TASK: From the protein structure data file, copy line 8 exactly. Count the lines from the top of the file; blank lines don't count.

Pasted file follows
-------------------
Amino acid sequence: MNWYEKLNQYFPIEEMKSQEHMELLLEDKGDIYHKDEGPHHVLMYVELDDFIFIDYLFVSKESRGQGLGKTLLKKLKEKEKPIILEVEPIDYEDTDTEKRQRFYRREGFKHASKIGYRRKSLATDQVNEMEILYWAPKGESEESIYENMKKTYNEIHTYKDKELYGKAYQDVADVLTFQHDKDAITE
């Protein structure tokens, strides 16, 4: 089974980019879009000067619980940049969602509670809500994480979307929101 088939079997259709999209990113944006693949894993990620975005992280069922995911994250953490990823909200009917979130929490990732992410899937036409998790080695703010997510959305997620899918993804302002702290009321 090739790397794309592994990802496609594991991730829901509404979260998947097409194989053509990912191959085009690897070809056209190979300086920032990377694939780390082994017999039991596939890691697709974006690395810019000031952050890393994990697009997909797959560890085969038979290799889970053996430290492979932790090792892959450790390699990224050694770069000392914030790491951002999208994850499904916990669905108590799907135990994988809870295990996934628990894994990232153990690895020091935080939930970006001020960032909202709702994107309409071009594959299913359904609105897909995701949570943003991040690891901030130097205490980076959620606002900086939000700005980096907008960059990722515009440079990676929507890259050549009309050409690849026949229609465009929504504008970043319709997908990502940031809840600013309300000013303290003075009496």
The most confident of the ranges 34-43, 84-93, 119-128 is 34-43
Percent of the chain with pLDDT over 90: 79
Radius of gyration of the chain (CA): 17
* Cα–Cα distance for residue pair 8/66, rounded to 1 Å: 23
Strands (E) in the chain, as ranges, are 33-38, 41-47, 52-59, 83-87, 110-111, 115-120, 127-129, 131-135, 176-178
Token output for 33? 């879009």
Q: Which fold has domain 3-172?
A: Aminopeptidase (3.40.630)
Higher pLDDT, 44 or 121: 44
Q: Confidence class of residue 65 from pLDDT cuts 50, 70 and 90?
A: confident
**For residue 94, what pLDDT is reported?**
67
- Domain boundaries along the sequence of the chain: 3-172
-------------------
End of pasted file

Token output for 33? 């879009």